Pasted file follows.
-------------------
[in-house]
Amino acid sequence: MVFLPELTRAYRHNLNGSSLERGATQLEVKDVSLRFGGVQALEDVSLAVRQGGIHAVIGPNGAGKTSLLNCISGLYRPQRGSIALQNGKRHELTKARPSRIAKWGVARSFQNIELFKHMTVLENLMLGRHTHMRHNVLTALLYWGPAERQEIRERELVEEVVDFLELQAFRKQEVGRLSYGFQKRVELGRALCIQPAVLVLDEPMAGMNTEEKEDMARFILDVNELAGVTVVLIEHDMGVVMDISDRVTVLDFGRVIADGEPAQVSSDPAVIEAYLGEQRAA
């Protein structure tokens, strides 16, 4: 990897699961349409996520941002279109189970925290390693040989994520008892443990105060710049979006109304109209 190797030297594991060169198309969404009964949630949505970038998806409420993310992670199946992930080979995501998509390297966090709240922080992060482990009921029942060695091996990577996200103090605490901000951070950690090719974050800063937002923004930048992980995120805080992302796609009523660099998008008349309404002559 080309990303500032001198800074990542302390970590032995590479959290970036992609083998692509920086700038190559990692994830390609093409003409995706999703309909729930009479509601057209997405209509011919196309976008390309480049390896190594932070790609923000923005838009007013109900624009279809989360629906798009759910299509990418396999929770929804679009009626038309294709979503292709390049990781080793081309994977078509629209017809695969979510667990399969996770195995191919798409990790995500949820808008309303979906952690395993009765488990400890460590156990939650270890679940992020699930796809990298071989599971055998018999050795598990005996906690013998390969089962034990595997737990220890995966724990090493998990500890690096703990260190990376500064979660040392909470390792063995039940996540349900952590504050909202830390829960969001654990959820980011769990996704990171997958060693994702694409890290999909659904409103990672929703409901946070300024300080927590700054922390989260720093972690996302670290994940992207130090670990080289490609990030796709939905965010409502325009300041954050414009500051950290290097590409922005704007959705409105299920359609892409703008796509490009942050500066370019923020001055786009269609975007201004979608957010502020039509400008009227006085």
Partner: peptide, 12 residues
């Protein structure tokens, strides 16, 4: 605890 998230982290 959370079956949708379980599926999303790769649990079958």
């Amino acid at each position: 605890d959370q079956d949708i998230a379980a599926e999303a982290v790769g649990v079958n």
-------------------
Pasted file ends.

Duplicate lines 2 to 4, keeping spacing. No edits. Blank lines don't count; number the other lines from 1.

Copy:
Amino acid sequence: MVFLPELTRAYRHNLNGSSLERGATQLEVKDVSLRFGGVQALEDVSLAVRQGGIHAVIGPNGAGKTSLLNCISGLYRPQRGSIALQNGKRHELTKARPSRIAKWGVARSFQNIELFKHMTVLENLMLGRHTHMRHNVLTALLYWGPAERQEIRERELVEEVVDFLELQAFRKQEVGRLSYGFQKRVELGRALCIQPAVLVLDEPMAGMNTEEKEDMARFILDVNELAGVTVVLIEHDMGVVMDISDRVTVLDFGRVIADGEPAQVSSDPAVIEAYLGEQRAA
């Protein structure tokens, strides 16, 4: 990897699961349409996520941002279109189970925290390693040989994520008892443990105060710049979006109304109209 190797030297594991060169198309969404009964949630949505970038998806409420993310992670199946992930080979995501998509390297966090709240922080992060482990009921029942060695091996990577996200103090605490901000951070950690090719974050800063937002923004930048992980995120805080992302796609009523660099998008008349309404002559 080309990303500032001198800074990542302390970590032995590479959290970036992609083998692509920086700038190559990692994830390609093409003409995706999703309909729930009479509601057209997405209509011919196309976008390309480049390896190594932070790609923000923005838009007013109900624009279809989360629906798009759910299509990418396999929770929804679009009626038309294709979503292709390049990781080793081309994977078509629209017809695969979510667990399969996770195995191919798409990790995500949820808008309303979906952690395993009765488990400890460590156990939650270890679940992020699930796809990298071989599971055998018999050795598990005996906690013998390969089962034990595997737990220890995966724990090493998990500890690096703990260190990376500064979660040392909470390792063995039940996540349900952590504050909202830390829960969001654990959820980011769990996704990171997958060693994702694409890290999909659904409103990672929703409901946070300024300080927590700054922390989260720093972690996302670290994940992207130090670990080289490609990030796709939905965010409502325009300041954050414009500051950290290097590409922005704007959705409105299920359609892409703008796509490009942050500066370019923020001055786009269609975007201004979608957010502020039509400008009227006085």
Partner: peptide, 12 residues